• get the best support from health and social care professionals
  • join up the money that health and social care have
  • work with healthcare professionals and the voluntary sector to plan services
  • provide more care services in the community

Decisions about how the money would be spent would be made by Local Councils and Health Boards with their communities.

What this will mean for patients, people who use the services and carers, is that people would be helped to live well at home or in the community. The services provided by health and social care should be better.

People who provide care for their family would still be able to do this but should have more time for themselves.

See Question 2 here - Tell us what you think?

3. National Outcomes for Adult Health and Social Care

What do we want to do?

We want to improve people's experiences of health and care services and what the services do. We want to make the best use of the money we have.

The Scottish Government will help local Councils and Health Boards to make the best use of money, but they will still decide how the money is spent.

We are thinking about having outcomes for adult health and social care in Scotland. This means we know what improvements we think should have happened and we can check whether things are getting better. We will have these for older people first. We will then have outcomes for all adult health and social care.

How is this different from what happens now?

At the moment NHS Scotland and Councils work differently.

We will make sure that Health Boards and Councils know what they need to do. In the future they would have to work together and share the responsibility.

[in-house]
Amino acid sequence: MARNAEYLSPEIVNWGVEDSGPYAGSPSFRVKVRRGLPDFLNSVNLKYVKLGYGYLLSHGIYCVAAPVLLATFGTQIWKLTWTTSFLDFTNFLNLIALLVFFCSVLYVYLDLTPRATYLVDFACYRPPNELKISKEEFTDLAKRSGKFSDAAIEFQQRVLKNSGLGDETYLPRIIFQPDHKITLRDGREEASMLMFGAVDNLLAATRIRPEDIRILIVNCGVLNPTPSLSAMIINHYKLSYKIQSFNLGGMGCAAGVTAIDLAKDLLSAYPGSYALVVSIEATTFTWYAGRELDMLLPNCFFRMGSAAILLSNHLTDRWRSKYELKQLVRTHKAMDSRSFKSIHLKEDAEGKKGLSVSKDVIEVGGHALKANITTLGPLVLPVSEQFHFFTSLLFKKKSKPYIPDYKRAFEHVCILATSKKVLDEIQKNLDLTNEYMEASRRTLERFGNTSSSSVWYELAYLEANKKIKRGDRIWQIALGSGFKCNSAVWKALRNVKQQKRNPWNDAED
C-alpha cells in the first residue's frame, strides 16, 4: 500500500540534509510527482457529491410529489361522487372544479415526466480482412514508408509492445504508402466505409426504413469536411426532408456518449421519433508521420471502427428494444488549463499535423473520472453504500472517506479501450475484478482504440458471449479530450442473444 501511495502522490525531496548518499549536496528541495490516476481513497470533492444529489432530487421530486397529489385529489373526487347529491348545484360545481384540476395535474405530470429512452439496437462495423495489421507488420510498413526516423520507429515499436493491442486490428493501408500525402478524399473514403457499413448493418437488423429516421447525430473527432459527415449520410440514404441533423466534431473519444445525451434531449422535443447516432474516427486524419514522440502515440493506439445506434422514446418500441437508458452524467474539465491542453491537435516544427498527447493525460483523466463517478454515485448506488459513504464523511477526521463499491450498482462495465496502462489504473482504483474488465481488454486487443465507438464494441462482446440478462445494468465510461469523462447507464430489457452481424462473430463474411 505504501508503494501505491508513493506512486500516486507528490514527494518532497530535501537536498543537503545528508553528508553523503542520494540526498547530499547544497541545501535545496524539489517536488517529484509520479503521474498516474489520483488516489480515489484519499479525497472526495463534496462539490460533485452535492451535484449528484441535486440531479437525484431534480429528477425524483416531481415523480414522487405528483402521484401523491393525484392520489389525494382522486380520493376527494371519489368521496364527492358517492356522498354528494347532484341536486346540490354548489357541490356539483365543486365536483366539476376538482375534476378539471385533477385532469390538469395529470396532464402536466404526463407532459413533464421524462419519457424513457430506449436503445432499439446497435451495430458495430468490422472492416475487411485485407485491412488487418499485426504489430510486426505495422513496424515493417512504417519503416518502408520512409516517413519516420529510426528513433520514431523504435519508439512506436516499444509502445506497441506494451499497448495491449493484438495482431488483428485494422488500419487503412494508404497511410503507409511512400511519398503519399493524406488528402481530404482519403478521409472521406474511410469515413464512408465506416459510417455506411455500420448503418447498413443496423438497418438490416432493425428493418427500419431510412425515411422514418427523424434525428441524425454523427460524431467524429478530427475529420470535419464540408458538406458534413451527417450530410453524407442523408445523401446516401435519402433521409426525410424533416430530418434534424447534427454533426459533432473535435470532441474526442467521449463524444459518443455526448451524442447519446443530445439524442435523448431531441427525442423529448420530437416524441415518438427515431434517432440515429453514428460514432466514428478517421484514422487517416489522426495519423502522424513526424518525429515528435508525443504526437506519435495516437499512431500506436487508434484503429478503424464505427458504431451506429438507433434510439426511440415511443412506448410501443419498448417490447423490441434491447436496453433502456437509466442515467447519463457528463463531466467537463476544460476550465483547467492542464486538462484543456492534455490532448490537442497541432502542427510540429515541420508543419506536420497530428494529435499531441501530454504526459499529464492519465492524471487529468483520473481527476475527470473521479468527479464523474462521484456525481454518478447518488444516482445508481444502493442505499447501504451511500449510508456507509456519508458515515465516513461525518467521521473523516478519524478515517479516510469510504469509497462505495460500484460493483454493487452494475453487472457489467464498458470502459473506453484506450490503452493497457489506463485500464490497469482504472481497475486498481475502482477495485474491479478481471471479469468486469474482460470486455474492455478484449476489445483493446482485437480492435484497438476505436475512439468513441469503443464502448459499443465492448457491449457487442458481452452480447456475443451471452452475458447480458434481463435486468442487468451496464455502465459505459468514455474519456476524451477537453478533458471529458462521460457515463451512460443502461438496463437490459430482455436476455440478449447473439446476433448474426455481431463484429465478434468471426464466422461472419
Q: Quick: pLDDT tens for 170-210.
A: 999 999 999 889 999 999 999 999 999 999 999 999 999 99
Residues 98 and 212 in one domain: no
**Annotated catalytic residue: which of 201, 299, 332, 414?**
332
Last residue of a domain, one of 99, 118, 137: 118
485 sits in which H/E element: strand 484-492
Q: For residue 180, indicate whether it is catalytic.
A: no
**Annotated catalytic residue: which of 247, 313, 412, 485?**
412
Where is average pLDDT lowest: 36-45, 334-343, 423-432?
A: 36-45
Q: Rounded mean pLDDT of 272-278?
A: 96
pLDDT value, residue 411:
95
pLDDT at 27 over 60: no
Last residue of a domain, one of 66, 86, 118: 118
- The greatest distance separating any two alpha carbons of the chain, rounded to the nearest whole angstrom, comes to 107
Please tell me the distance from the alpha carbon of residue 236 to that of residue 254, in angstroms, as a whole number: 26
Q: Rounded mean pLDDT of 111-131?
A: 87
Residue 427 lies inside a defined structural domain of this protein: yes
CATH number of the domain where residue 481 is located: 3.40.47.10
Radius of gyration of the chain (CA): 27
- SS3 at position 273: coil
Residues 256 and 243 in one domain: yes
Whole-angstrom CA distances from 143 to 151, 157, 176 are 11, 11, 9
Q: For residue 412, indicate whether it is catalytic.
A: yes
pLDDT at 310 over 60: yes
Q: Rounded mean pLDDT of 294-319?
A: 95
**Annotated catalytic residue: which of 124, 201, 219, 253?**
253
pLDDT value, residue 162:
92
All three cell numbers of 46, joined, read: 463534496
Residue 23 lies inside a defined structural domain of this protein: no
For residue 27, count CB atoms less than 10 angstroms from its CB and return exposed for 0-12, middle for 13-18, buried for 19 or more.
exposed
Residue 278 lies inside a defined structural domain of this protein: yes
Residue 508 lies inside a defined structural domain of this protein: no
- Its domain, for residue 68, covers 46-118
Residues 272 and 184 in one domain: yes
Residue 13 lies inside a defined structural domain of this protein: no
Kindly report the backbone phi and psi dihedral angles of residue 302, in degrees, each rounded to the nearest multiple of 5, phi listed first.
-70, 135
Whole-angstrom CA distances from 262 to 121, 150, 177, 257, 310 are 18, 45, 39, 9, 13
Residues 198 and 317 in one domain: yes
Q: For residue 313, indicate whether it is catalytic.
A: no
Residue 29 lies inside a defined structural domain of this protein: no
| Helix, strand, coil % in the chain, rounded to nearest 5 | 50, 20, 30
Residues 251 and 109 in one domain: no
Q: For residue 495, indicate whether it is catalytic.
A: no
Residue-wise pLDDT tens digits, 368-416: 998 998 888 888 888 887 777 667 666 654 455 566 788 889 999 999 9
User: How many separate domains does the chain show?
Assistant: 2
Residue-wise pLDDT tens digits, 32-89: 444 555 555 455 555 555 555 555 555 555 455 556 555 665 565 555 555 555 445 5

The outcomes are not legal. They are a way of checking things are getting better. The outcomes can change to make sure things keep getting better.

How will we do this - how will the law change?

Health Boards and Local Authorities everywhere in Scotland will need to deliver the same results. Scottish Ministers, Council Leaders and Health Board Leaders will make sure this happens.

See Question 3 and 4 here - Tell us what you think?

4. Who is responsible for how the money will be spent and the law.

What will change in law?

Community Health Partnership Committees will change to Health and Social Care Partnerships. Each Council and Health Board will be part of a Health and Social Care Partnership.

The money that Health and Social Care get at the moment will be put together to provide services for adults. This means that the money will help people get the services they need.

Who is responsible for how the money is spent?

Health Boards and Councils will have to tell Ministers, Council Leaders, Health Board Chairs and the public how they spend the money.